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Subject:Re: ADMIN: Re: OT How do I unsubscribe? From:"Sandy Harris" <sharris -at- dkl -dot- com> To:TECHWR-L <techwr-l -at- lists -dot- raycomm -dot- com> Date:Mon, 31 Jan 2000 12:28:12 -0500
Iain Harrison wrote:
> > If I wanted to unsubscribe, I'd mail techwr-l-request -at- raycomm -dot- com
> > the one-line message "unsubscribe". To unsubscribe from techcomm,
> > I'd mail techcomm-request.
> > I'd be quite upset if those didn't work.
They would, Eric tells me.
> That's a spectacularly silly way to approach it! What's wrong with
> following the simple instruction in the footer?
The point is there is a standard way to unsubscribe from lists.
For example, if you go to PAML, the Publicly Available Mailing Lists
reference server, their "getting off" document:
Save the welcome message and follow instructions there.
Read list headers and footers and ...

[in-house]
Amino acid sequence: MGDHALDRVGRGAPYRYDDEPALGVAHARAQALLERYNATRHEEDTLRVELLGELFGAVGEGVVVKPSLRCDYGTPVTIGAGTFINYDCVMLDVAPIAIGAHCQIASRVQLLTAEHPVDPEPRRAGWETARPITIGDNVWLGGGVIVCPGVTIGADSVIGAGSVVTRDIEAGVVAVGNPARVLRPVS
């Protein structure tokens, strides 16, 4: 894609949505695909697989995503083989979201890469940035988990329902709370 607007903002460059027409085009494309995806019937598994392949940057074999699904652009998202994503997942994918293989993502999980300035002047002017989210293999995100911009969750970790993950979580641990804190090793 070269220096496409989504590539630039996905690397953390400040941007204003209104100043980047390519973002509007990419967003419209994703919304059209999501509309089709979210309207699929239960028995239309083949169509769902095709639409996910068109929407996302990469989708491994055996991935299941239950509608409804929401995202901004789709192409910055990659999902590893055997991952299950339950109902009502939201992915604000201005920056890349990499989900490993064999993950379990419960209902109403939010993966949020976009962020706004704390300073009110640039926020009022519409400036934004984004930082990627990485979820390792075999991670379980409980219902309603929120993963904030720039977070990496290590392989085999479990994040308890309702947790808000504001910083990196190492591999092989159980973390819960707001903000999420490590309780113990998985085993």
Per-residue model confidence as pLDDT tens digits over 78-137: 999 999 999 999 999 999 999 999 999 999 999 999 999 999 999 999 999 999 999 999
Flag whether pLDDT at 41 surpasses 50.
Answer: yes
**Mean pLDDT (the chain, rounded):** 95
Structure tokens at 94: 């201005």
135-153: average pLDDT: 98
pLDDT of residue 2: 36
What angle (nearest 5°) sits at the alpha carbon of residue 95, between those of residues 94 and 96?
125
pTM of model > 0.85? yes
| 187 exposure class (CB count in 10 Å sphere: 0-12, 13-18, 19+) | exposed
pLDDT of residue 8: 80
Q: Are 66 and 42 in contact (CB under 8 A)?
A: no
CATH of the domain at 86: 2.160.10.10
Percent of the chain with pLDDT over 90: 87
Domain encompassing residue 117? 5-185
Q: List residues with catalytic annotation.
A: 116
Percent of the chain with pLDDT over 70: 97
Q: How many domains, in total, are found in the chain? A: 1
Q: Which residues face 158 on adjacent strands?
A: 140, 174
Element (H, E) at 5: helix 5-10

listserv@, listproc@, listserver@, majordomo@, ...
> > This has been an oral tradition standard since before I started
> > using mailing lists, i.e. at least 15 years.
> Well, I'd expect a command to listserve@ to be the standard, not
> listname-request -at- -dot-
No. Many sites run majordomo and accept commands to majordomo@ and
many run some other software.
> Techcomm is hosted for free, so we can't tell the host to amend his
> (perfectly adequate) mailing list server. I think it is a standard NT
> mail server, but I'm not sure.
I'd consider any list software that didn't support -request broken.
> As you point out, the RFC you refer to is not agreed (I personally
> hope it never is) so it has no import.
It is on the IETF standards track, which means it is quite likely
to become a standard more-or-less as it stands and some descendant
of it, possibly modified, is almost certain to.
In IETF terms:
Things start as "internet drafts" and get kicked around a lot.
"Proposed Standard" means the relevant committees have agreed on the
design, and the area directors decided it should be published, and
that both think it should aim at being a standard, not just an
"informational" or "experimental" RFC.
Before it can advance to "Draft Standard", at least two unrelated
implementations must be built and their compatibility tested.
For the final standard, any major problems discovered in implementation or testing must be fixed.